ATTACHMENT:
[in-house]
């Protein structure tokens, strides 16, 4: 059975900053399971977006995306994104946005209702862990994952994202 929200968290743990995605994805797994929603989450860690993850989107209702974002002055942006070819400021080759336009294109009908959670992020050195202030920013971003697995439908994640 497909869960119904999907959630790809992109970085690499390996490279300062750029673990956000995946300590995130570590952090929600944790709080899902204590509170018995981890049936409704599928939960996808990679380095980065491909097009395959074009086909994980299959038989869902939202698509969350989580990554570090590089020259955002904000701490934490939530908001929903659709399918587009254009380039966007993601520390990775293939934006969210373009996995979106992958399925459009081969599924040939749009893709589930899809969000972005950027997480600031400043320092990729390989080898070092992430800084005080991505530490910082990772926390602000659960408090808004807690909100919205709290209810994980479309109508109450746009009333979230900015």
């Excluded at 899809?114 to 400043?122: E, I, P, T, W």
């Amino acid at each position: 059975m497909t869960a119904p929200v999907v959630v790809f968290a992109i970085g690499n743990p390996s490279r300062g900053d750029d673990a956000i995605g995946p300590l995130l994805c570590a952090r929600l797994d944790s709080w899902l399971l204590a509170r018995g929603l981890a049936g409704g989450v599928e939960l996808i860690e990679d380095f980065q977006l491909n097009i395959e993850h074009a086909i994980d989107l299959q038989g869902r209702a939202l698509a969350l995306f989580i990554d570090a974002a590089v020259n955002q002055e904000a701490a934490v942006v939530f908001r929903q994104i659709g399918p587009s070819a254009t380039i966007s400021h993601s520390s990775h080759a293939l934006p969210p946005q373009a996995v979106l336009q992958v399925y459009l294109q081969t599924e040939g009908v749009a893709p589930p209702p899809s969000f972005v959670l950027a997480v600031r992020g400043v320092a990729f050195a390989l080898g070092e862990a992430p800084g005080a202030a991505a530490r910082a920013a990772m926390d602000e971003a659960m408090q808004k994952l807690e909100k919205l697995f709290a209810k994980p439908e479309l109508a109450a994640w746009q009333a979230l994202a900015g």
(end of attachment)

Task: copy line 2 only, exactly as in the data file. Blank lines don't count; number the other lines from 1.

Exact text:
């Protein structure tokens, strides 16, 4: 059975900053399971977006995306994104946005209702862990994952994202 929200968290743990995605994805797994929603989450860690993850989107209702974002002055942006070819400021080759336009294109009908959670992020050195202030920013971003697995439908994640 497909869960119904999907959630790809992109970085690499390996490279300062750029673990956000995946300590995130570590952090929600944790709080899902204590509170018995981890049936409704599928939960996808990679380095980065491909097009395959074009086909994980299959038989869902939202698509969350989580990554570090590089020259955002904000701490934490939530908001929903659709399918587009254009380039966007993601520390990775293939934006969210373009996995979106992958399925459009081969599924040939749009893709589930899809969000972005950027997480600031400043320092990729390989080898070092992430800084005080991505530490910082990772926390602000659960408090808004807690909100919205709290209810994980479309109508109450746009009333979230900015």